We were amazed at the extent of the trash, in piles both deep and wide. We walked forward into the woods, crunching glass underfoot, over piles of thousands of liquor bottles, mostly broken. Possibly this was a gathering place for drinkers who then threw their bottles against the tree trunks...maybe for fun, or vying for distance...? We also saw smashed dishes, cups, furniture, garden hoses and plenty of plastic refuse in this rubbish heap. There was a variety of shoes, and several pairs of ancient "nylons" to accompany them. Hoping to possibly find something valuable, like a diamond ring, we were also anxious we'd discover something worthy of Forensic Files. When someone unearthed a leg (see photo), there was a collective intake of breath, but it was a mannequin's leg.
Some of us wrestled out larger items; a water heater, tires, a bed frame, lawn chairs, a broken couch... with the help of a pickaxe and a wheelbarrow which someone had the foresight to bring. But most of the Friends of Brightwood Park volunteers sat or knelt on a cleared spot among the struggling undergrowth, gathering shards and various pieces of multicolored glass for hours, dropping them into our sturdy Home Depot buckets, using heavy work gloves. The more we collected, the more we found, in layer upon layer. We took turns carrying or passing along the heavy, full buckets down the trail to the awaiting dumpster, rented for the occasion.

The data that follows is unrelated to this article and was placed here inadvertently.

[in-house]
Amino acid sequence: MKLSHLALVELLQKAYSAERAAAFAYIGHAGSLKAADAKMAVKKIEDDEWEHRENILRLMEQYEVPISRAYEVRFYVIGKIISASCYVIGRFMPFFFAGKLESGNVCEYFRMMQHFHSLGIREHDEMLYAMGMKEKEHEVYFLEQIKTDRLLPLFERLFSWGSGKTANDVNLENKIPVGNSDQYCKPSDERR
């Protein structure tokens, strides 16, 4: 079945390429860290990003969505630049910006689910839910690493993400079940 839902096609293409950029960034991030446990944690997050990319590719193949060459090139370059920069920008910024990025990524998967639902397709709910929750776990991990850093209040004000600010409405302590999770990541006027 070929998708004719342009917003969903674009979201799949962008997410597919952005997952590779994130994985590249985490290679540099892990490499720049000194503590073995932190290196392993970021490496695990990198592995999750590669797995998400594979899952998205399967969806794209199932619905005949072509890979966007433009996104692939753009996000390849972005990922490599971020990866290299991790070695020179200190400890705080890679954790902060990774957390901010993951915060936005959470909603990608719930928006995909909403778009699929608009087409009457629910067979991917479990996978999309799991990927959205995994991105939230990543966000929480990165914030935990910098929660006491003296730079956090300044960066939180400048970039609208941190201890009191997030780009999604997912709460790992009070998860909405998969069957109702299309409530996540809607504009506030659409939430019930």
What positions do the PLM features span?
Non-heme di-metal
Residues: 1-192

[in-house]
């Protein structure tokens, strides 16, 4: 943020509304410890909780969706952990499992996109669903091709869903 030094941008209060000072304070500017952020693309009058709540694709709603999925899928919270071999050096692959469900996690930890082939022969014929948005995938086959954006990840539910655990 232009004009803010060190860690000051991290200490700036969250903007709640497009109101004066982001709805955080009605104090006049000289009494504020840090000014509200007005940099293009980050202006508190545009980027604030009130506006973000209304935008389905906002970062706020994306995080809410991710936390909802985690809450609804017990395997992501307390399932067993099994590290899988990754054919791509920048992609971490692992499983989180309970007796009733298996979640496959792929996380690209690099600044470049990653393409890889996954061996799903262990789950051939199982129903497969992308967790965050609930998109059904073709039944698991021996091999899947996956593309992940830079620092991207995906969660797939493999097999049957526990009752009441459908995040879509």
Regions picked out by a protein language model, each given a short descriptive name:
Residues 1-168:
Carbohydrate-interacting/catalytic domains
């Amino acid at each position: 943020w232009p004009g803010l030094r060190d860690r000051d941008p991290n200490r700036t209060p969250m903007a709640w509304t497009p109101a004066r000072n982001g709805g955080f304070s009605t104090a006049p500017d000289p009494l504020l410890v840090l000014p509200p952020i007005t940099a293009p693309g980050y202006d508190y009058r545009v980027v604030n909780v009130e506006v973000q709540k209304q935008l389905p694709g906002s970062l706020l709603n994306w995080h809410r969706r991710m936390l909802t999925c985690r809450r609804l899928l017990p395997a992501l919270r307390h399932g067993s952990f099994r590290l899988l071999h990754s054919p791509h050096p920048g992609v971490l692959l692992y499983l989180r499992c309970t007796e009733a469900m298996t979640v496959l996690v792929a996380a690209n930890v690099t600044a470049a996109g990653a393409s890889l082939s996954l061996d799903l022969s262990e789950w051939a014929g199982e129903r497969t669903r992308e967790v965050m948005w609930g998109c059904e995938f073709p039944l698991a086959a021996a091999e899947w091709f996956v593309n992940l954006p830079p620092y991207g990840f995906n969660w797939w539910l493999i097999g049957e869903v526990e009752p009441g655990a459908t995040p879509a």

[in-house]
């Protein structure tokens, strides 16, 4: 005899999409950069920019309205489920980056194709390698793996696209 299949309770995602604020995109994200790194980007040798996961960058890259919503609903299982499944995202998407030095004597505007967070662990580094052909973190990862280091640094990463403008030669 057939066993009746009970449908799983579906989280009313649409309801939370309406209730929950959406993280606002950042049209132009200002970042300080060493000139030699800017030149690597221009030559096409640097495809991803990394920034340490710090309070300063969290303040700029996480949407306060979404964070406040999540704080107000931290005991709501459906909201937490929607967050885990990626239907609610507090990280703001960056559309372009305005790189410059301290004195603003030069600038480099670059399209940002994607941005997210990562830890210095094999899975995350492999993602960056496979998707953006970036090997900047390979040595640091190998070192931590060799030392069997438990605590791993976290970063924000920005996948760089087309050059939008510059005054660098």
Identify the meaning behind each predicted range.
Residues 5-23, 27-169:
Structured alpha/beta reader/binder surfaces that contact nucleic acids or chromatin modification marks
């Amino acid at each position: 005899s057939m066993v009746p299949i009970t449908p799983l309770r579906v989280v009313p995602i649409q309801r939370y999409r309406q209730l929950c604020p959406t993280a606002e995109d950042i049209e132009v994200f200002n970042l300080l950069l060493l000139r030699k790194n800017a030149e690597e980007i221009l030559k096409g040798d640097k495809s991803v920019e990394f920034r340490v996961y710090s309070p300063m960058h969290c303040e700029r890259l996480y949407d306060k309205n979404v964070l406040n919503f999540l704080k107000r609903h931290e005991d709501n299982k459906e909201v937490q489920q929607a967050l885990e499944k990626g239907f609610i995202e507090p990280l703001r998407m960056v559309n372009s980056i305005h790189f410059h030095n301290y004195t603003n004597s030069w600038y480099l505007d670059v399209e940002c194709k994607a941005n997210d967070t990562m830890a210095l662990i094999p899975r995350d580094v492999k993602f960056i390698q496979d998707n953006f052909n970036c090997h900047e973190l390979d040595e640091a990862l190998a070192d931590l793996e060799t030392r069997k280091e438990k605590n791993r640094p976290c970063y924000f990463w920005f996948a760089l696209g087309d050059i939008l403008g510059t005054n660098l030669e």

Among us, someone said loudly: "I never knew working could be so much fun". Surprisingly, there were assenting comments all around, in the woods, among the toiling volunteers. We probably sensed the atmosphere of friendly teamwork. And we additionally may have felt the rush of satisfaction found in striving towards a goal larger than ourselves, that of improving the environment for everyone.
But most of all, there was a feeling of delight. For it was obvious to all our eyes that this area of Brightwood Park hadn't looked THIS good in many, many years.
John Linderman, Tom Mann, Nicole Chartrain, Denise Ricci